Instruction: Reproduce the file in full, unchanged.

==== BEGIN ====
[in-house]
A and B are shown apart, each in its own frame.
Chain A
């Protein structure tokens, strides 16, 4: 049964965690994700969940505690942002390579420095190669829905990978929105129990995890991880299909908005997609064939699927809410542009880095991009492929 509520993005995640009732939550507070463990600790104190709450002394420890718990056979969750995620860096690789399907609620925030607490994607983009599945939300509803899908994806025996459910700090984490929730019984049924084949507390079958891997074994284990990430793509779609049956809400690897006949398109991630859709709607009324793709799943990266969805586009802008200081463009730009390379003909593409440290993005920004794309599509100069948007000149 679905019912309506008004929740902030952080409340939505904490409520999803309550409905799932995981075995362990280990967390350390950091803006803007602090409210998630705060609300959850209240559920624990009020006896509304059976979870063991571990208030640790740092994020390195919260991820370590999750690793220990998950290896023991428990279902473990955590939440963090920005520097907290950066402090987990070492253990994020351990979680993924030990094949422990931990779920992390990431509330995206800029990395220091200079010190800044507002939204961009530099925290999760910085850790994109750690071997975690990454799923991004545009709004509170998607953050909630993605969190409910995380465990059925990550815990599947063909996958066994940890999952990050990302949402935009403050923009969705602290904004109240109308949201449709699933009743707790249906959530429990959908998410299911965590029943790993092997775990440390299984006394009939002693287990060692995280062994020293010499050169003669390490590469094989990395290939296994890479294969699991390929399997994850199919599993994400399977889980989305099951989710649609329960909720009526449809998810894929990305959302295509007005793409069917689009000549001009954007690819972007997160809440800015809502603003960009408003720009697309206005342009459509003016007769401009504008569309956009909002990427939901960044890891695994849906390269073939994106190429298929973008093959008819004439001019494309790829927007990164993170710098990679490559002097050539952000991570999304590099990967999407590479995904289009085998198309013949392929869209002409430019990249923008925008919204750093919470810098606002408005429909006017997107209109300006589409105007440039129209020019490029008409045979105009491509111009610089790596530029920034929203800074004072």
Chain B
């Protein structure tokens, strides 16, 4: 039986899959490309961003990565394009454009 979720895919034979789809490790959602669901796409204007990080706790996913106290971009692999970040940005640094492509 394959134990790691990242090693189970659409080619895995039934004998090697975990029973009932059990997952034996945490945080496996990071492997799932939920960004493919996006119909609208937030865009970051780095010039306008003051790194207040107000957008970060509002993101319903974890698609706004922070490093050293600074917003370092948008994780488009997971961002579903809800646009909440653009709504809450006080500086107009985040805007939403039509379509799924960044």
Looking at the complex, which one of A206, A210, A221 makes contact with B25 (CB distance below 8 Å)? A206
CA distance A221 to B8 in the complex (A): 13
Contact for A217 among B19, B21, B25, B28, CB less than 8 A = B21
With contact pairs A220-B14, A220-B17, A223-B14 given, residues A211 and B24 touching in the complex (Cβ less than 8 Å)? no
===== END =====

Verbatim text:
[in-house]
A and B are shown apart, each in its own frame.
Chain A
């Protein structure tokens, strides 16, 4: 049964965690994700969940505690942002390579420095190669829905990978929105129990995890991880299909908005997609064939699927809410542009880095991009492929 509520993005995640009732939550507070463990600790104190709450002394420890718990056979969750995620860096690789399907609620925030607490994607983009599945939300509803899908994806025996459910700090984490929730019984049924084949507390079958891997074994284990990430793509779609049956809400690897006949398109991630859709709607009324793709799943990266969805586009802008200081463009730009390379003909593409440290993005920004794309599509100069948007000149 679905019912309506008004929740902030952080409340939505904490409520999803309550409905799932995981075995362990280990967390350390950091803006803007602090409210998630705060609300959850209240559920624990009020006896509304059976979870063991571990208030640790740092994020390195919260991820370590999750690793220990998950290896023991428990279902473990955590939440963090920005520097907290950066402090987990070492253990994020351990979680993924030990094949422990931990779920992390990431509330995206800029990395220091200079010190800044507002939204961009530099925290999760910085850790994109750690071997975690990454799923991004545009709004509170998607953050909630993605969190409910995380465990059925990550815990599947063909996958066994940890999952990050990302949402935009403050923009969705602290904004109240109308949201449709699933009743707790249906959530429990959908998410299911965590029943790993092997775990440390299984006394009939002693287990060692995280062994020293010499050169003669390490590469094989990395290939296994890479294969699991390929399997994850199919599993994400399977889980989305099951989710649609329960909720009526449809998810894929990305959302295509007005793409069917689009000549001009954007690819972007997160809440800015809502603003960009408003720009697309206005342009459509003016007769401009504008569309956009909002990427939901960044890891695994849906390269073939994106190429298929973008093959008819004439001019494309790829927007990164993170710098990679490559002097050539952000991570999304590099990967999407590479995904289009085998198309013949392929869209002409430019990249923008925008919204750093919470810098606002408005429909006017997107209109300006589409105007440039129209020019490029008409045979105009491509111009610089790596530029920034929203800074004072």
Chain B
């Protein structure tokens, strides 16, 4: 039986899959490309961003990565394009454009 979720895919034979789809490790959602669901796409204007990080706790996913106290971009692999970040940005640094492509 394959134990790691990242090693189970659409080619895995039934004998090697975990029973009932059990997952034996945490945080496996990071492997799932939920960004493919996006119909609208937030865009970051780095010039306008003051790194207040107000957008970060509002993101319903974890698609706004922070490093050293600074917003370092948008994780488009997971961002579903809800646009909440653009709504809450006080500086107009985040805007939403039509379509799924960044």
Looking at the complex, which one of A206, A210, A221 makes contact with B25 (CB distance below 8 Å)? A206
CA distance A221 to B8 in the complex (A): 13
Contact for A217 among B19, B21, B25, B28, CB less than 8 A = B21
With contact pairs A220-B14, A220-B17, A223-B14 given, residues A211 and B24 touching in the complex (Cβ less than 8 Å)? no